For those of you who are new to fossilicious…WELCOME! and a brief introduction: we, Doug and Claudia Mann, started fossilicious in 2005. It was an opportunity to share our Montessori cosmic education excitement with a broader community of Montessori teachers. 10 years, 3 websites, and lots of Montessori study materials later, we are finally making our first pilgrimage to the home-sites of many of our collection fossils in the Atlas mountains near Erfoud, Morocco. Along the way, we’ll visit other geolgoically interesting sites to gain a more intimate experience with our home planet’s mysteries and fascinations.

We hope you’ll enjoy whatever is to come along this journey that will include stops in Iceland, the UK, Spain, and just a brief moment in France. Some of what we plan to share will be aimed at the young students where Claudia works: LePort Montessori in Encinitas, CA.  The children have a map to follow along at home.

We also welcome your comments (and suggestions of good sites if you have them) as we share the fun.



Making a Meaningful Fossil Collection

Collections of anything are a good thing in teacher-land. Collections lead kids to learn. My favorite things to collect are fossils, rocks and minerals. This morning, when I began to reorganize the special new “finds” from my recent trip to Tucson, I got to thinking about all the different ways a person could go about setting up a collection. Here are just a few ideas that may help you get started.


Lots of people have one favorite kind of fossil. If you want to take a look at what happens when you REALLY get into one type, just check out this website: Dr. Gon III must truly love trilobites. I’ve been visiting his website for years and I still haven’t discovered everything he has to teach about trilobites. I’ll be he has a great collection, too!


That’s just one way to get going on fossil collecting: choose your favorite fossil and begin to collect individual specimens that represent different species, time periods and locations. I have several trilobites in my collection and they represent both early specimens from the Ordovican in the Midwest USA and Devonian in Morocco. As I am able, there will be more sophisticated…and expensive…specimens to add to my collection, but in the meantime, I have a nice group of trilobites to demonstrate all that I’ve learned about this extinct creature.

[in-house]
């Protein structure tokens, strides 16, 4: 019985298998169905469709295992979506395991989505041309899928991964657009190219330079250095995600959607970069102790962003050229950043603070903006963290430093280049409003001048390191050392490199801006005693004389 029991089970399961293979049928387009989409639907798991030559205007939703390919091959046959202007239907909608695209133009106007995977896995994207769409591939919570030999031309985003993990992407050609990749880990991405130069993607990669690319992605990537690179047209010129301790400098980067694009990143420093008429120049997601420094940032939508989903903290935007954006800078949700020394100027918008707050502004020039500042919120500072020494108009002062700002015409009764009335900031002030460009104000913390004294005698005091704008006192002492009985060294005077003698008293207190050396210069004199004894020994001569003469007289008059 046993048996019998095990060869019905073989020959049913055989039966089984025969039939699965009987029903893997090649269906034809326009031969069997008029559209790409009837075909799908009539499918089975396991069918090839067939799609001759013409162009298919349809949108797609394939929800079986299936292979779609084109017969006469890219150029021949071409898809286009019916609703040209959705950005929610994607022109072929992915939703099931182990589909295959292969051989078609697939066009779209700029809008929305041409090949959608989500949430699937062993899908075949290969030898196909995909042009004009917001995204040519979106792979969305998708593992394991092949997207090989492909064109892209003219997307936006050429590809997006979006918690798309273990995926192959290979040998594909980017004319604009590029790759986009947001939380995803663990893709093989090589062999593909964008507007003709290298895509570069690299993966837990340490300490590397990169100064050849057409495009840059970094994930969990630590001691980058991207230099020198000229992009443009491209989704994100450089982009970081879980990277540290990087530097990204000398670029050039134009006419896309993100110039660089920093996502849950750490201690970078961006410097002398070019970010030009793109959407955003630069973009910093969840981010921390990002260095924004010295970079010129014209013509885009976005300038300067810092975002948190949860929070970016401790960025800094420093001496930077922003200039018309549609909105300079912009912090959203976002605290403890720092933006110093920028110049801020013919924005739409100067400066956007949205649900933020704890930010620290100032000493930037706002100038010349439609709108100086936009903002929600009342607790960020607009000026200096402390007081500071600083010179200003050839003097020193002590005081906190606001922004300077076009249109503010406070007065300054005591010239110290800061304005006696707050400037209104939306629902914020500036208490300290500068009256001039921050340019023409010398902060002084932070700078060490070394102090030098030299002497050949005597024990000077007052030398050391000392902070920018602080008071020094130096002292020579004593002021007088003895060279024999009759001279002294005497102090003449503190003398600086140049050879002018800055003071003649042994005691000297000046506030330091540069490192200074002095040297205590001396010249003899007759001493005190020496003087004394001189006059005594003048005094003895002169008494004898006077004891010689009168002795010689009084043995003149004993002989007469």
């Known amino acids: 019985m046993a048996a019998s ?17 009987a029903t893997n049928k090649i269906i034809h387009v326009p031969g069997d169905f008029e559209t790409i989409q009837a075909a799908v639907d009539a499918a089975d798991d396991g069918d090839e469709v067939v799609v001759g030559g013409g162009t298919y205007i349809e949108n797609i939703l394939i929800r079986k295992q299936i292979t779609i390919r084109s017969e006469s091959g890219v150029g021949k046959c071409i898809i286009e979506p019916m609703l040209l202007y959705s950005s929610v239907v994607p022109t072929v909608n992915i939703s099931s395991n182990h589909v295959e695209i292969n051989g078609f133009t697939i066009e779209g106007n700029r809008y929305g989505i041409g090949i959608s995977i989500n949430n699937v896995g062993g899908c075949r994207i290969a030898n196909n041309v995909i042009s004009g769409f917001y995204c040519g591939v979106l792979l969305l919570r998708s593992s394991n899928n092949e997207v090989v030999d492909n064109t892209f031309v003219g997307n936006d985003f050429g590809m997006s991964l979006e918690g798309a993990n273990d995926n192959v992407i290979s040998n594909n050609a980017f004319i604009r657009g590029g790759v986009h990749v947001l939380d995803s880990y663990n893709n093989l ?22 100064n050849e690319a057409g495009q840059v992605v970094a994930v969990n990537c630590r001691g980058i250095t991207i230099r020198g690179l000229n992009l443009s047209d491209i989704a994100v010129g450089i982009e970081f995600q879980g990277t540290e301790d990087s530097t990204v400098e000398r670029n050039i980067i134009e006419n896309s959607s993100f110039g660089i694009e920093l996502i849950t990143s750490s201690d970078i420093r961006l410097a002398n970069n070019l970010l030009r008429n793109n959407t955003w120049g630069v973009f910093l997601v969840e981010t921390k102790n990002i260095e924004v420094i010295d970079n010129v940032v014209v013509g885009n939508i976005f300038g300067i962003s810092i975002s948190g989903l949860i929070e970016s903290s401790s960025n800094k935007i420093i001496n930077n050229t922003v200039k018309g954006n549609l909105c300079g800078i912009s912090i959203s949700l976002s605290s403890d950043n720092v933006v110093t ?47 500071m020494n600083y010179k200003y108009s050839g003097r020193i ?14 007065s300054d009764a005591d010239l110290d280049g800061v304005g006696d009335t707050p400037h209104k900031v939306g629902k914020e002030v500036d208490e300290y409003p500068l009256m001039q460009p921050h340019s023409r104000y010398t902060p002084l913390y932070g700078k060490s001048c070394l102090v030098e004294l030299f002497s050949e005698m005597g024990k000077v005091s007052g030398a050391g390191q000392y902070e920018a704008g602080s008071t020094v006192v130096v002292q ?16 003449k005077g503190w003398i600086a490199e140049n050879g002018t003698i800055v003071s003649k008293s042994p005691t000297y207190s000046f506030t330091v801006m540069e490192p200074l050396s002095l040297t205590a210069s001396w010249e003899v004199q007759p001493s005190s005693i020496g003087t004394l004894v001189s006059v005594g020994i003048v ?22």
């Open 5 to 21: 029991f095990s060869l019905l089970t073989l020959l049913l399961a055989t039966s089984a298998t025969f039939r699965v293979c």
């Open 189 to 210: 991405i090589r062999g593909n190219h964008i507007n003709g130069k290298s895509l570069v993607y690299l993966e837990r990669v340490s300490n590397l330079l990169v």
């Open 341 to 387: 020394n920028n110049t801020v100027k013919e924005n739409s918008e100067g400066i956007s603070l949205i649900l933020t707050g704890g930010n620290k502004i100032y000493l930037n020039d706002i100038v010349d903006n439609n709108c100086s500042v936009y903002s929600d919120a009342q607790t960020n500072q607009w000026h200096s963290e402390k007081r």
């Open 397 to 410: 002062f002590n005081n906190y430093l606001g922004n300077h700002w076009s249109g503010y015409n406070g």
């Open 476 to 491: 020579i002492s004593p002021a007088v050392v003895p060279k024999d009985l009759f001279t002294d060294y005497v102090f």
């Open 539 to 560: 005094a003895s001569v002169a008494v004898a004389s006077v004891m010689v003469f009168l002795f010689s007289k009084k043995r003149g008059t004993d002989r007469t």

As you become aware of the time periods in which your fossil lived, you might want to begin to collect a specimen from each of the time periods since life began to flourish on the Earth. Lately, I’ve enjoyed adding to my Time Line of Life Fossil collection with some unusual little guys.

I started my TLL (that’s short for Time Line of Life) collection with a stand-alone purchased fossil collection. My first one came from Ohio and the fossils were not very spectacular. But they got me started. Next I found a set that had 12 nice quality specimens and some general information cards. As I found more places to get really good fossils, I made my own 12-piece and 18-piece collections and now they are for sale here: The 18-piece collection is my favorite because it has a wide range of species and nearly every geologic period represented.

The thing is that once I set up the 18 specimens according to the geologic time scale, I wanted to add in specimens from the missing periods…like the Triassic or the Precambrian. I went searching for specimens from these time periods and I made some great finds.

A few years back, I found Triassic petrified wood from Madagascar. These were really cool because unlike a lot of petrified wood pieces, which are beautiful, but also look like lots of other “jasper-like” rocks, you can see the design of the tree bark. Take a look at some samples at

I think I may be on to finding a new type of fossil to collect: stromatolites. Stromatolites are fossils formed by cyanobacteria. There are stromatolites that are so old they may have been responsible for changing the atmosphere into the oxygen-rich air we breath today. That’s an oversimplification, of course, but some of my more recent finds include the pale green stone called Butterstone that is 2.5 billion…that’s right, billion… years old and is known to have stromatolites in its layers. Besides the incredible color variations, the rock is naturally creamy in texture. It is a great little piece to fidget with because it feels so smooth and soft.


Then there’s the stromatolite that comes from South America. (Butterstone comes from Africa.) It is a completely different color: shades of dark brown, almost black, with bands of light brown. I especially like the carved balls and spheres. They are pretty heavy and the polish makes them feel really good in your hand. They’re pretty old, too: 2.2 billion years!stromatolite-sm-2-5

I have pieces in my collection that I found myself, a small collection of different kinds of brachiopods just because I like them, and a very small collection…almost too small to call it a collection…that contains parts of a crinoids: the holdfast that kept in tied to the ocean floor, a variety of different-sized stems and the crown or head from which the delicate fronds grew.

Of course, you don’t HAVE to organize your fossil collection in any way at all! You can just begin with a few small finds, mark them down with location, species and other pertinent info (you can find sample cards, here: and keep them on a stand or in a box.

It’s really simple…so get out there and get started!